Before the advent of recordable digital compact disks (hereinafter “CD-Rs”), the transfer of data onto compact digital disks was a costly procedure, economically feasible only when manufacturing a large number of copies. Users whose applications required relatively few copies or required frequent data updates could not reap the benefits of this compact disk duplication technology, even though low-cost disk-readers were readily available.
The advent of CD-R was intended to allow users to record their own disks and thereby achieve significant savings. Unlike a common compact disk that has been pressed by a mold, a CD-R typically has a dye layer that is etched by a laser contained in the C-AR disk drive. Once etched, the “burned” CD-R disk is unalterable.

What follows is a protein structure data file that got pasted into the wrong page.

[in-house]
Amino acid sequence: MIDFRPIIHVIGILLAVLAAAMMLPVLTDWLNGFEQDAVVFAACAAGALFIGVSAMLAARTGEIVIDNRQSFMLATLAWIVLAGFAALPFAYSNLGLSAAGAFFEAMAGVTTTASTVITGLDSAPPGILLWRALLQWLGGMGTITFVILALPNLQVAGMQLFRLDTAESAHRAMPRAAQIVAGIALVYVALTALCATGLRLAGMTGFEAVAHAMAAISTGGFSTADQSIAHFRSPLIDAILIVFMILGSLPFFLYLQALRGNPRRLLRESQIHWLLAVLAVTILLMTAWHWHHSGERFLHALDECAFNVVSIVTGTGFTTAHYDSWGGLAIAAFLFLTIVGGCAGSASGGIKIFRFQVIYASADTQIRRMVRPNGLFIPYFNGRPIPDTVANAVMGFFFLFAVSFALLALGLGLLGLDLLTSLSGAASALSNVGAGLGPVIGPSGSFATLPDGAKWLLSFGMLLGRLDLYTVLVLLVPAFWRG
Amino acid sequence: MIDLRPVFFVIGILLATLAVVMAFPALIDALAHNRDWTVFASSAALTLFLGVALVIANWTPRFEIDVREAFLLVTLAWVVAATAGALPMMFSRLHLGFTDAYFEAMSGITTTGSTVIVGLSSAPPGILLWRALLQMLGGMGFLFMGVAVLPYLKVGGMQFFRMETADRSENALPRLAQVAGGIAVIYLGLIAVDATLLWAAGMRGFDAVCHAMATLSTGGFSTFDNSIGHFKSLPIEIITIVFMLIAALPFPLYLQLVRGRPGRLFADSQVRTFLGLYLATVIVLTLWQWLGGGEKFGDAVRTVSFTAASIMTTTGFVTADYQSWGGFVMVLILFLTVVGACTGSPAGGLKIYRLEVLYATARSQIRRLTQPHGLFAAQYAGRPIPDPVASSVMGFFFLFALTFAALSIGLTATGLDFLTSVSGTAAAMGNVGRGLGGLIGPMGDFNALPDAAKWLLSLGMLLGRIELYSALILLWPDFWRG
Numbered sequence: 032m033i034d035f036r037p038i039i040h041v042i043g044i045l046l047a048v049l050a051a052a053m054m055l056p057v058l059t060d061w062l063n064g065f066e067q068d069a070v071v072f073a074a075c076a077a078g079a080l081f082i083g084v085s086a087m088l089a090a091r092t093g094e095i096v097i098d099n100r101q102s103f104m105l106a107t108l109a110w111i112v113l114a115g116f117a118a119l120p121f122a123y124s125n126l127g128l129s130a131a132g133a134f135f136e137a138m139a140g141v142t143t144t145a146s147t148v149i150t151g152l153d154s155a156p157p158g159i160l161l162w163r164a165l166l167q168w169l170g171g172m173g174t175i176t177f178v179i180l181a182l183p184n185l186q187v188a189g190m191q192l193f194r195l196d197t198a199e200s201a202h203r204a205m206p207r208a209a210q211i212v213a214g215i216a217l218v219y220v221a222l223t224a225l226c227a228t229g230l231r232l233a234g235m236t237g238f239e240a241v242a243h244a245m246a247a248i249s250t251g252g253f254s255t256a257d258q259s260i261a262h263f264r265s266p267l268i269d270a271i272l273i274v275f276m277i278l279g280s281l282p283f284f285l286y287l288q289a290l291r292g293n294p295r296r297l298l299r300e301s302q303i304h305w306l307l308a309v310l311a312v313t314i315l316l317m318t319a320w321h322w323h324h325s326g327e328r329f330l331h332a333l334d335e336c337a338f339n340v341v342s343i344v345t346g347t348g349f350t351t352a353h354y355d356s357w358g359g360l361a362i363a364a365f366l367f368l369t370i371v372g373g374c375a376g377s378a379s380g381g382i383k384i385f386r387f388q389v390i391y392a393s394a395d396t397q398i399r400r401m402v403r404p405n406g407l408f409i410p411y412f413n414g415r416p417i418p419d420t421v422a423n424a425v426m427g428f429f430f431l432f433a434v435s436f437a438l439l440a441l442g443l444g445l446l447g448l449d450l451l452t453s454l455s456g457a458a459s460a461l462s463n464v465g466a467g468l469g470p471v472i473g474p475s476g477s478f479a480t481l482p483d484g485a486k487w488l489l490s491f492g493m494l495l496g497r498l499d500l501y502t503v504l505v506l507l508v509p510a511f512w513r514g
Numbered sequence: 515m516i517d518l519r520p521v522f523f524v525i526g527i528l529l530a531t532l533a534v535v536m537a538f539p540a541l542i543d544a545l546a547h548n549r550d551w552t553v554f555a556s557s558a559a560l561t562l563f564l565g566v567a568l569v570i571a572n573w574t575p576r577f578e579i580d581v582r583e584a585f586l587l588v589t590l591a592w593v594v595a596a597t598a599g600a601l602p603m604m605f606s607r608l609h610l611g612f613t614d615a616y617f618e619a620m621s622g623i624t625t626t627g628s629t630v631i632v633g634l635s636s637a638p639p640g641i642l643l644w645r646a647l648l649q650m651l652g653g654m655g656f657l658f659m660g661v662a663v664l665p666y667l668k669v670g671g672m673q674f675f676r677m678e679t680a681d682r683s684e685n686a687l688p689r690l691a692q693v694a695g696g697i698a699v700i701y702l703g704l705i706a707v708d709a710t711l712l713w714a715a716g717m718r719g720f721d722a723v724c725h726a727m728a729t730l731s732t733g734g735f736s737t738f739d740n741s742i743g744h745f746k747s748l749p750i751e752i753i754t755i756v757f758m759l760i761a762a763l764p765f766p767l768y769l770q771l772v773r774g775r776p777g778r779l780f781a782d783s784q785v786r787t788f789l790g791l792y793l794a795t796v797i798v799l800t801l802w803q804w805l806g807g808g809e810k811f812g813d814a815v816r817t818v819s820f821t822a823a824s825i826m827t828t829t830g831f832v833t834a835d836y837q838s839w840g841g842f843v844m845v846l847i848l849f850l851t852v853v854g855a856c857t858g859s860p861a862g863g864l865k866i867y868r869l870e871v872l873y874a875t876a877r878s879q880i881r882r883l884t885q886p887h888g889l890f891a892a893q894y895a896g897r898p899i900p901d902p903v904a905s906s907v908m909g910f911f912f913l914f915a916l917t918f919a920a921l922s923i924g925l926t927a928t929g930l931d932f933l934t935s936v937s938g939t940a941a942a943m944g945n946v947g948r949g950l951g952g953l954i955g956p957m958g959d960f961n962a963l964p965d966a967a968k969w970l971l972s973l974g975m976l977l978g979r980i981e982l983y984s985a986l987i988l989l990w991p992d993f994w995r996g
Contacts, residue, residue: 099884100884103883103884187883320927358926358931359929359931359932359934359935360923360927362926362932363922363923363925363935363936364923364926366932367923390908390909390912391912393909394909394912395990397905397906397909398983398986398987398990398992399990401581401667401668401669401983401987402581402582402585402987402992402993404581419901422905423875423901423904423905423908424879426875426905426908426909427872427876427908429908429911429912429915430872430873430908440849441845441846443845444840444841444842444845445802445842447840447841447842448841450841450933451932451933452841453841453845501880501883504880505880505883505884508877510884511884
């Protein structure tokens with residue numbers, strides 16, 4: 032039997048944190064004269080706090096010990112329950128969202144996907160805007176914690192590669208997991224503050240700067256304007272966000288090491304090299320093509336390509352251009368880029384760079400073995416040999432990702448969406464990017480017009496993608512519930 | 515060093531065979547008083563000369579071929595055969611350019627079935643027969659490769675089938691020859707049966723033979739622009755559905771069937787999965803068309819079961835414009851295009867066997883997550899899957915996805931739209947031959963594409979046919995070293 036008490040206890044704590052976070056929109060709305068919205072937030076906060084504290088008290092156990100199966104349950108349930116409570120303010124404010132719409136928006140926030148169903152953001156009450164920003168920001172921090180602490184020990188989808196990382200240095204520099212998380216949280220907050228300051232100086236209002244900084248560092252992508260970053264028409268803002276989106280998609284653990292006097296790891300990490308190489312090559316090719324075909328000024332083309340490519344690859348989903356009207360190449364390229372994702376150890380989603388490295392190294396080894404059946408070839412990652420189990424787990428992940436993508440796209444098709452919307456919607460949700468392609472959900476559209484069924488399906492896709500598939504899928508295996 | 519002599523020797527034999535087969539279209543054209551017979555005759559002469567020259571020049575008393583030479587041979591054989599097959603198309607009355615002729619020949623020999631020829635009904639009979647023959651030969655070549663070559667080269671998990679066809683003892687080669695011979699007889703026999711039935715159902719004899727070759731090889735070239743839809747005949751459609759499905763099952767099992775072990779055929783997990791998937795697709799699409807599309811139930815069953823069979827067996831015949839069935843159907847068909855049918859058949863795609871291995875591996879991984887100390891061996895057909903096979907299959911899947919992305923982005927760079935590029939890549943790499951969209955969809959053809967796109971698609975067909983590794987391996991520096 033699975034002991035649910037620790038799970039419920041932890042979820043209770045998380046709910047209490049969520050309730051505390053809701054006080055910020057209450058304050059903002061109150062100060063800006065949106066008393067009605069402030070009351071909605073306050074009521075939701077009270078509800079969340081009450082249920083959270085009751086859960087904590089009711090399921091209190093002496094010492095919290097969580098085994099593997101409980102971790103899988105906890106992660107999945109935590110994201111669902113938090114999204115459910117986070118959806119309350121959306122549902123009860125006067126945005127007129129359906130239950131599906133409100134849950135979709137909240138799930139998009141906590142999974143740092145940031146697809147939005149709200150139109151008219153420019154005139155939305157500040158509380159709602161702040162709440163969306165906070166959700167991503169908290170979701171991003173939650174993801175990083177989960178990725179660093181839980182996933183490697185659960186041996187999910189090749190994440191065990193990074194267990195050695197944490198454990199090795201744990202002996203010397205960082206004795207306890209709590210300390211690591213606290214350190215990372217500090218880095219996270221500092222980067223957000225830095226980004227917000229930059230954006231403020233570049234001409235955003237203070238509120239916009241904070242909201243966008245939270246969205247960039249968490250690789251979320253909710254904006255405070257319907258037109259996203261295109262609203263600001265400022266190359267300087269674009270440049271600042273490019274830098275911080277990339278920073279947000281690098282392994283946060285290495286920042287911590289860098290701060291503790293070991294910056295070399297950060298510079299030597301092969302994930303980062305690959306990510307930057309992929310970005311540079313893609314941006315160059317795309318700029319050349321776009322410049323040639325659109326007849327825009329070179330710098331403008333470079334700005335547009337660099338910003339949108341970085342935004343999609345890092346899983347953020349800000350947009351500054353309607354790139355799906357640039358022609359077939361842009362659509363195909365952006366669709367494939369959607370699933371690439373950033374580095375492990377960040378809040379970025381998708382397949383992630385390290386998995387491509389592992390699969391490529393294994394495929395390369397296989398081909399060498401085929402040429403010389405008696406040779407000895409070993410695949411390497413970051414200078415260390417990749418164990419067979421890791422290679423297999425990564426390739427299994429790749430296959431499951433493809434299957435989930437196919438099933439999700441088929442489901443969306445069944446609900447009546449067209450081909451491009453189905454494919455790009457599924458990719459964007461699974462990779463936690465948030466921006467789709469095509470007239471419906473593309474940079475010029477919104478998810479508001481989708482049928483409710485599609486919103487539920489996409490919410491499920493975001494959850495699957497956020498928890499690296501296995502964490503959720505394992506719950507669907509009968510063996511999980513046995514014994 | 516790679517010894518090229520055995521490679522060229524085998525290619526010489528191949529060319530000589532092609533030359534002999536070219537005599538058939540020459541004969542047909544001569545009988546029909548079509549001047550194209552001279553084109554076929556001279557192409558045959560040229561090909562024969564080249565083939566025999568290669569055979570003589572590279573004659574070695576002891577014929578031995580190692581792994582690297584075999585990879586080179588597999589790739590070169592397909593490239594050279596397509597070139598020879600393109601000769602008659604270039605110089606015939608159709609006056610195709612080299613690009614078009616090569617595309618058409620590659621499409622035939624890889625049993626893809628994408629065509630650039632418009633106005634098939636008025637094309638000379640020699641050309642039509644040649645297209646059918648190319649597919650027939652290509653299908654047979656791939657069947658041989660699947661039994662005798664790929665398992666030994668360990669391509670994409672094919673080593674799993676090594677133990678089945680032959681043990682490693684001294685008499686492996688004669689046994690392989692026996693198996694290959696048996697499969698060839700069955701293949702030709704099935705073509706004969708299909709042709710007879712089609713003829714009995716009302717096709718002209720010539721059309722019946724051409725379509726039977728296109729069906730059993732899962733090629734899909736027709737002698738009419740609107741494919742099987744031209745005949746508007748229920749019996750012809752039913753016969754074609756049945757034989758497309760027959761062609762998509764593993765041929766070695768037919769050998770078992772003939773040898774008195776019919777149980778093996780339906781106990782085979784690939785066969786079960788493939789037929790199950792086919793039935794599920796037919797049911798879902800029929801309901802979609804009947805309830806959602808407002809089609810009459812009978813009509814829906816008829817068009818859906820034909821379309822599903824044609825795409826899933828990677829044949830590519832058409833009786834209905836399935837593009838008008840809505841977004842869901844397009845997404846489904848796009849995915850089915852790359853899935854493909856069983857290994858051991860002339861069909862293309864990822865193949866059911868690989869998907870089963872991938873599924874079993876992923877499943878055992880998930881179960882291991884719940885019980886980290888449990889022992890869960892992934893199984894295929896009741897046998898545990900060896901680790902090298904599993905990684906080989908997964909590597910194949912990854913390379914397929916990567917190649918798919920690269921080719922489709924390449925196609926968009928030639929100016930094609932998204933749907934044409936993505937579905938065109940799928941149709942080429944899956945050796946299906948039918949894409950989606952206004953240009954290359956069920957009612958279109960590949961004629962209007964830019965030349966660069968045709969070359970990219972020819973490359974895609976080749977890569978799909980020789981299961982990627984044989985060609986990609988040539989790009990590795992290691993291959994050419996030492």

Several practical problems have prevented CD-R users from attaining maximal efficiency in the copy process, especially when attempting to make multiple disk copies in a short amount of time. One of the problems that typically arise in a volume copying process using CD-R writers is the necessity for direct human supervision. A person has to prepare CD-R disks for copying, remove the disks from the CD-R writer once copying is complete, and then prepare the disks for inspection to ensure no defective CD-R disks are retained in the completed set of copies. Aside from the tedium involved that may increase errors, requiring human attention in this process adds a significant labor cost that is added to the end-user price.
One solution to the human supervision problem is a programmable, automatic compact disc duplication system. That system, which includes a copy unit, a host computer and a computer software that provides a user interface, is further discussed in U.S. Pat. No. 6,141,298, incorporated herein by reference. While the system in the above patent eliminates some of the manual steps that creates inefficiency, it still leaves many steps to be handled by operators.